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..and I've never stopped being amazed by the genius of that song. After all these years, hearing the band do the song live still brings chills and tears.

I would love to have been a fly on the all when Eric played the song for the band, taught the song to the band for the first time...to see their expressions/hear their comments etc.

In the history of popular music the word 'classic' gets bandied about too easily, but in my mind, there are very few pop/rock songs that deserve the title like "OS" does.

Marv

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Pierson, as a fellow NJer . I remember hearing Overnight Sensation on progressive rocker WNEW-FM and we played it at college rocker WSOU-FM but I'm not sure I remember hearing it on any other NYC radio station not even rocker WPLJ who did play "I'm On Fire" quite a bit. Neither of these songs do you ever hear now on any NYC station.

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Pierson, I agree with you that "Overnight Sensation" is "very obscure in the grand scheme of things" (hence my "Bohemian Rhapsody" point.)

But I also agree with myself---it wasn't a TOTAL secret. How could it have hit #18 on Billboard's chart if DJs weren't spinning it at least a little, prompting at least some people to buy it? Marvin's and TommyTunes' replies bear me out: Maybe there were stations that maybe NEVER played the song, but there also were stations here and there that did.... (Maybe you were listening to the wrong stations? If you heard "Kung Fu Fighting," "Rock Me Gently," and "You're Havin' My Baby" a lot in 1974, you might have been tuning in to the wrong stations.) (No offense to anyone who loves those songs!)

Also, I'm not sure how chart positions can be TOO deceiving, unless Billboard practiced some sort of sinister record-tracking scheme that made certain songs look like Top 20 hits when they really weren't.

Certainly, though, we're in agreement that "OS" is a classic---a brilliant bit of songwriting and a stunning production. I could listen to it all day.... In fact, after I kept playing it over and over in the car the other day, I heard this, again, from my 6-year-old daughter: "Dad, why do you like that song so much?" (I explained the sentiment of the song to her; she got a kick out of the way people used to use the word "bread" to mean "money.")

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And again, I don't mean to be splitting hairs, because overall, the review Jeff posted is great. (In fact, I was originally going to debate the writer's description of Eric's voice as "angelic." Critics have always used that word to describe Carl Wilson's voice, but Eric's is more versatile---sometimes innocent, sometimes snarling, sometimes urgent, sometimes tough, yet always so recognizable. But... I figured I was starting to sound too contrary, so I deleted that paragraph.)

Anyway, as others have pointed out, the fact that the reviewer was so blown away by "Overnight Sensation" makes him okay in my book! I think it was his gratuitous shot at McCartney that got me going.... It just reminded me of all the years that Rolling Stone seemed to regularly beat up on Paul, no matter what he was doing. RS, for all its appeal, made it seem like it just wasn't cool to dig McCartney.... Or Eric, for that matter. Does anybody remember the RS review of Boats Against the Current? I still have that issue, with (I think) Elvis on the cover. But I digress....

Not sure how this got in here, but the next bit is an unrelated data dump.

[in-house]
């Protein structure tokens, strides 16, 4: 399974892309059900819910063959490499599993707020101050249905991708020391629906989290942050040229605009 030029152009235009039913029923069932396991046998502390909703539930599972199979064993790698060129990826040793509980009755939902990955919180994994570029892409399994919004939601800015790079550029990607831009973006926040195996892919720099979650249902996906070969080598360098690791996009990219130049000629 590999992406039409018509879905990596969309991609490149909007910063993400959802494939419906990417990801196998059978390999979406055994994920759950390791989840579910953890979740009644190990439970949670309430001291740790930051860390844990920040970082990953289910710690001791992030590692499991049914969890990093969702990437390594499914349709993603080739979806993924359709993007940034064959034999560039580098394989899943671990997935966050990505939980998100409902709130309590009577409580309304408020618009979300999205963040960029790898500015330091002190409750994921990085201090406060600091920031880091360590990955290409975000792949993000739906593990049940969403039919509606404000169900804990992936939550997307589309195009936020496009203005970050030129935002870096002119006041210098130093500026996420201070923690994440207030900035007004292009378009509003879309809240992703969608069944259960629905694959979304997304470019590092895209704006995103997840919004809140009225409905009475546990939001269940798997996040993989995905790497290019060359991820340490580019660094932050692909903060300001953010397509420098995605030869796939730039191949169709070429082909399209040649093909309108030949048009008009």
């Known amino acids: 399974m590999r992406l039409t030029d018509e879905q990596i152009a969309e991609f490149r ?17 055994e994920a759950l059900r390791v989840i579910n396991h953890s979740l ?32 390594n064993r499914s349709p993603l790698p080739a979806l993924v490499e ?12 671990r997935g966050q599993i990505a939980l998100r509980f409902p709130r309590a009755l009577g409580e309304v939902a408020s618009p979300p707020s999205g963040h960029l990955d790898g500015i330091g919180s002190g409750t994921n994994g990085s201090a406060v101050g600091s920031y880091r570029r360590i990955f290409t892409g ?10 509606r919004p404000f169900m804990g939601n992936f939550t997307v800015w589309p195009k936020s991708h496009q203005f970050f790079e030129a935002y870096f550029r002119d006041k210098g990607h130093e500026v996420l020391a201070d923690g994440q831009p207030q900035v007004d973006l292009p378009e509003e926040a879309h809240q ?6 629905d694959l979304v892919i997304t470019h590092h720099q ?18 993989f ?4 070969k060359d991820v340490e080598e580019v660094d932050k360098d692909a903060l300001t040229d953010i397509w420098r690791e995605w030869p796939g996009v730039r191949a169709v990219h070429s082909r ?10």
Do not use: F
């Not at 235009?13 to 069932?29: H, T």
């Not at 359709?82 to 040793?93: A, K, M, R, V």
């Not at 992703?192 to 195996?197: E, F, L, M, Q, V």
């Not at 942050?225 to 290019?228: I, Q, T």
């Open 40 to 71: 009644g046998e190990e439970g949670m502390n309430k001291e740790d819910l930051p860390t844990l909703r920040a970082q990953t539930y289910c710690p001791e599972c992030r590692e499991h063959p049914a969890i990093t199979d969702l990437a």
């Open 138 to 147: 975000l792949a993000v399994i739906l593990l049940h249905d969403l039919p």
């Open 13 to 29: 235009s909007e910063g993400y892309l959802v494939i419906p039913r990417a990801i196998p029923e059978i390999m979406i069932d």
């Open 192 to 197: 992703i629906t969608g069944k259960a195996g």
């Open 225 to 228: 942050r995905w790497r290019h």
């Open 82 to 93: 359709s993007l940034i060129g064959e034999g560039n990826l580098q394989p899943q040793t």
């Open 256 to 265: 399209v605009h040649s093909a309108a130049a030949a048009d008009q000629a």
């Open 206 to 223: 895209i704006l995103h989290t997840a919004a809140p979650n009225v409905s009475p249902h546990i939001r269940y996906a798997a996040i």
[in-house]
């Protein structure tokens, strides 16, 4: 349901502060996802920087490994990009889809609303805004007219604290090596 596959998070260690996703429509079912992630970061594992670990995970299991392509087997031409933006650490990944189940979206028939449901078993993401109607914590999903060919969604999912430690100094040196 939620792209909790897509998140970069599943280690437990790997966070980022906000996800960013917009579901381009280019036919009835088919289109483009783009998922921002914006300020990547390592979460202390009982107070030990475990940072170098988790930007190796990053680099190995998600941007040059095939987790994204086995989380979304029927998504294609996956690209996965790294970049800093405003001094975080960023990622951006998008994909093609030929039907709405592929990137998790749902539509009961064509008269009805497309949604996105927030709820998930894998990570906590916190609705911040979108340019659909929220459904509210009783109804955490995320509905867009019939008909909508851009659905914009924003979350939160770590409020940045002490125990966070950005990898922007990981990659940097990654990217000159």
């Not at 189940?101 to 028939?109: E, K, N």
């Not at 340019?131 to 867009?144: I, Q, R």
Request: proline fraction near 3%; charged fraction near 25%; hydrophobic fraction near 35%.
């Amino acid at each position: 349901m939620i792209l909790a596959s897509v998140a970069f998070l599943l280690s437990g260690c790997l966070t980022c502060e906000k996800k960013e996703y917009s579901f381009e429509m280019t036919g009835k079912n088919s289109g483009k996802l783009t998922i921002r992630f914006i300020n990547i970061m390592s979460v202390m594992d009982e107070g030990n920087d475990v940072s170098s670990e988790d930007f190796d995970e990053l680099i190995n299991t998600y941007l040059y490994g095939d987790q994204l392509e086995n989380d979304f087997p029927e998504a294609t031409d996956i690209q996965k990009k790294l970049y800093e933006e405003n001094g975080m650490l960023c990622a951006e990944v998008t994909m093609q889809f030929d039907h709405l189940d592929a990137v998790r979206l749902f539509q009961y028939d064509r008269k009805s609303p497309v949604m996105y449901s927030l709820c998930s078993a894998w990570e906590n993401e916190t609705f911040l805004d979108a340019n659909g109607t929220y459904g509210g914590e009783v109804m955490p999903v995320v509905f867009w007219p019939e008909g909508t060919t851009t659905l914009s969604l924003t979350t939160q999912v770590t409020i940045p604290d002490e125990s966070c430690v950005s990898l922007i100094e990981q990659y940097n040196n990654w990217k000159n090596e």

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Well, this is my first post here. And it was my FIRST time seeing the Raspberries ever! And what a GREAT first experience it was! I really had an amazing time! Until recently, I had never known who the Raspberries were except through my boyfriend who's a huge fan.

I thought their music was great, but it means nothing until you see them performing their memorable tunes live. Well, I shouldn't say 'nothing,' they ARE fabulous songs, but they mean all that much more once you've seen them in performed and seen the band in person. And boy DID I get to see them in person!

My boyfriend and I went to the meet and greet before the show on Friday night, and it was really fantastic. To see them up close and personal, as it were, and to be able to shake their hands and introduce ourselves. They were super friendly and really personable. They even made a cute comment about how I was too young to know who the heck they were, and I then explained that my boyfriend had brought them into my life, and they thought that was pretty cool. I won't disclose my age, but they were at their peak before I was even around!

Getting out picture taken with them as well was also something very special.

The show, as I briefly mentioned before, was incredible. They still have it! I couldn't believe how great they still all sound, and after having heard the CDs again and again, I was really surprised at how great they still were together, both in sound and overall performance. Magic.

Hearing 'Go All The Way' 'I Wanna Be With You' and 'Overnight Sensation' live was just too awesome for words! I will never forget that night as long as live. It was so awesome to see all the fans still so excited too. It really adds to the energy of the show.

My boyfriend and I had a wonderful evening, and I know HE'LL never forget it either. ;)